I cruised the house-swap section and while I thought I wanted to visit Paris and sent several messages to potential swappers in the city of lights whose dates matched ours, it was a spare ad with the headline "House in Old Dutch Town" that caught my eye. "What town?" I queried the listing's anonymous poster. "Alkmaar, a historic town 20 minutes from Amsterdam." And there were photos attached. Wow, really nice.

So began a dialogue between me and Ken, an illustrator about my father's age. He sent links to his work, I googled him and found that he was a somewhat famous illustrator who had worked for Grove Press in New York in the '60s. Very impressive. I returned Ken's reply with photos of our apartment and placed it within the larger scheme of the city. Ken is a native New Yorker, so he wasn't afraid of being a bit off the beaten track. In fact, I think he wanted to steer clear of local relatives in Manhattan. After we agreed on the swap, we exchanged manifestos of our respective households and 'hoods--kind of like the Wife Swap "Bibles" the women write for each other on the show--to familiarize and orient each other with our respective destinations.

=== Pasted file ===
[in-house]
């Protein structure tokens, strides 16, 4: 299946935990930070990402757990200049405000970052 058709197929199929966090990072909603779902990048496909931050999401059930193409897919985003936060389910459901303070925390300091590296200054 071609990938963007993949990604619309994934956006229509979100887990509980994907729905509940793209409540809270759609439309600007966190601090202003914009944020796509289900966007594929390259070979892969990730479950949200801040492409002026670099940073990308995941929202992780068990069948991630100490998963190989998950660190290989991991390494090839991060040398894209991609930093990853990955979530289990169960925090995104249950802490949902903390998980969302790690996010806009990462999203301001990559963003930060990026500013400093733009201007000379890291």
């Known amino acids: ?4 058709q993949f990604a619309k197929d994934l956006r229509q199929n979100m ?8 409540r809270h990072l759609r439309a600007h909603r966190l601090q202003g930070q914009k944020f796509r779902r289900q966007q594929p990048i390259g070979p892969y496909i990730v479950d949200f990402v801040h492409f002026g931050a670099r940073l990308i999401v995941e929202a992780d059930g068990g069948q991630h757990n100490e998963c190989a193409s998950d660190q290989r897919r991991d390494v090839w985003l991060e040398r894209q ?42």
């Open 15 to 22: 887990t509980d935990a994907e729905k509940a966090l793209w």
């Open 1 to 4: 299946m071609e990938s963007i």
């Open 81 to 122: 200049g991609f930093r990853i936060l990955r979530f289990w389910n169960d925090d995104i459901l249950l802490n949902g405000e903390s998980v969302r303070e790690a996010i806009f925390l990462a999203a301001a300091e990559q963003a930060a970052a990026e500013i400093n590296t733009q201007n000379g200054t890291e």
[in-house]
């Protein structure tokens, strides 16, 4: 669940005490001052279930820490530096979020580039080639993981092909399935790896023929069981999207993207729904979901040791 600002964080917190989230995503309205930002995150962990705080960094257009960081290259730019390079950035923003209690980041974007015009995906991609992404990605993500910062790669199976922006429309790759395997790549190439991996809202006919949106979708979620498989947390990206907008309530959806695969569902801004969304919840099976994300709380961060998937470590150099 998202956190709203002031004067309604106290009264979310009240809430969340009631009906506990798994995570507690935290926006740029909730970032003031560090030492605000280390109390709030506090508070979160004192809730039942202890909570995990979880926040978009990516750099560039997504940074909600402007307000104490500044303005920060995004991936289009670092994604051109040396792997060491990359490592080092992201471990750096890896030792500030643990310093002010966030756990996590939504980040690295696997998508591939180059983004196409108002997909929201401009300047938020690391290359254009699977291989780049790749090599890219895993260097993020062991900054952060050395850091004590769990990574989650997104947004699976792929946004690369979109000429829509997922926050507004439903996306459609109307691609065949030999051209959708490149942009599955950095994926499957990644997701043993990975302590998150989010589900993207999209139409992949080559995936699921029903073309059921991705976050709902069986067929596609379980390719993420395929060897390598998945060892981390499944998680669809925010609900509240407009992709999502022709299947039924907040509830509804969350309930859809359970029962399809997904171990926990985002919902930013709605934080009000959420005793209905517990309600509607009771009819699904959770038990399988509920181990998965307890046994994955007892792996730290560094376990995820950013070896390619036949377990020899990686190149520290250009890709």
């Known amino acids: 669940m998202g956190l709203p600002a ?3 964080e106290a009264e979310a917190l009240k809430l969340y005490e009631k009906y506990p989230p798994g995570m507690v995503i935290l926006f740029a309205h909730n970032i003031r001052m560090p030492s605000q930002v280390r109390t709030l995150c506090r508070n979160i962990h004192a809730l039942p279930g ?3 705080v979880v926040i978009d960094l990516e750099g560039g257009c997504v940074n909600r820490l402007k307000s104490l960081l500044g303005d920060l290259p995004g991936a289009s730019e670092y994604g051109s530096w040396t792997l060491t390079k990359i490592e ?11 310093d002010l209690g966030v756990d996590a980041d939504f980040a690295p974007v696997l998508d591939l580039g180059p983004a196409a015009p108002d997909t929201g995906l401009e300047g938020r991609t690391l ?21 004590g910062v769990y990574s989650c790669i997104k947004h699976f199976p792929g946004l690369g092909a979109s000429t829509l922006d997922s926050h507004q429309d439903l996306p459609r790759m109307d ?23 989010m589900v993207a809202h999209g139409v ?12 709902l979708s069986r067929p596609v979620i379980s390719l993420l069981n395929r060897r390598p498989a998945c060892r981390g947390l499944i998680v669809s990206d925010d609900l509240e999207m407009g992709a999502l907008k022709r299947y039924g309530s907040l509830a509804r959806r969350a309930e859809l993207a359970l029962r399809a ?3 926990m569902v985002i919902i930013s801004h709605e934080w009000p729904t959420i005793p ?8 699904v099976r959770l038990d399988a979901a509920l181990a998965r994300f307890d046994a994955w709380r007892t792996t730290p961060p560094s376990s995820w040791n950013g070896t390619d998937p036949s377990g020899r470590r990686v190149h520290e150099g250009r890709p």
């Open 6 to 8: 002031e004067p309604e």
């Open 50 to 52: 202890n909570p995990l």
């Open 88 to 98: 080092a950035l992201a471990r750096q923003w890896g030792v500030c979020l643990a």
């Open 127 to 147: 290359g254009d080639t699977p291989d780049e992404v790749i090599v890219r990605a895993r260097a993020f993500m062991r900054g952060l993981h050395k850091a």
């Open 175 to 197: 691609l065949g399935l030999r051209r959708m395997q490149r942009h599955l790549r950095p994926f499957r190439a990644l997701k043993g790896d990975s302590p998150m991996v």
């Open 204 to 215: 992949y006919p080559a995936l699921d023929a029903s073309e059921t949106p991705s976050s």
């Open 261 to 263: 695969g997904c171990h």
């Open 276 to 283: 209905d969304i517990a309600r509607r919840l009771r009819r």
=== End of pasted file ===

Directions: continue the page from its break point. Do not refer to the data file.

We took off for Schiphol Airport one early morning in April, made our way to Alkmaar on a train from the airport, and then walked, dragging our luggage behind us as we followed Ken's directions to Hofdijkstraat 3. I turned the key in the funky, blue-green front door, opening the narrow, inviting Dutch rowhouse. Ken's partner, Dawn, had left us tulips and a bottle of wine. We looked around and made ourselves comfortable, read all the directions and centered ourselves on the maps Ken had left for us, then set out for a cappuccino and some Dutch apple pastry.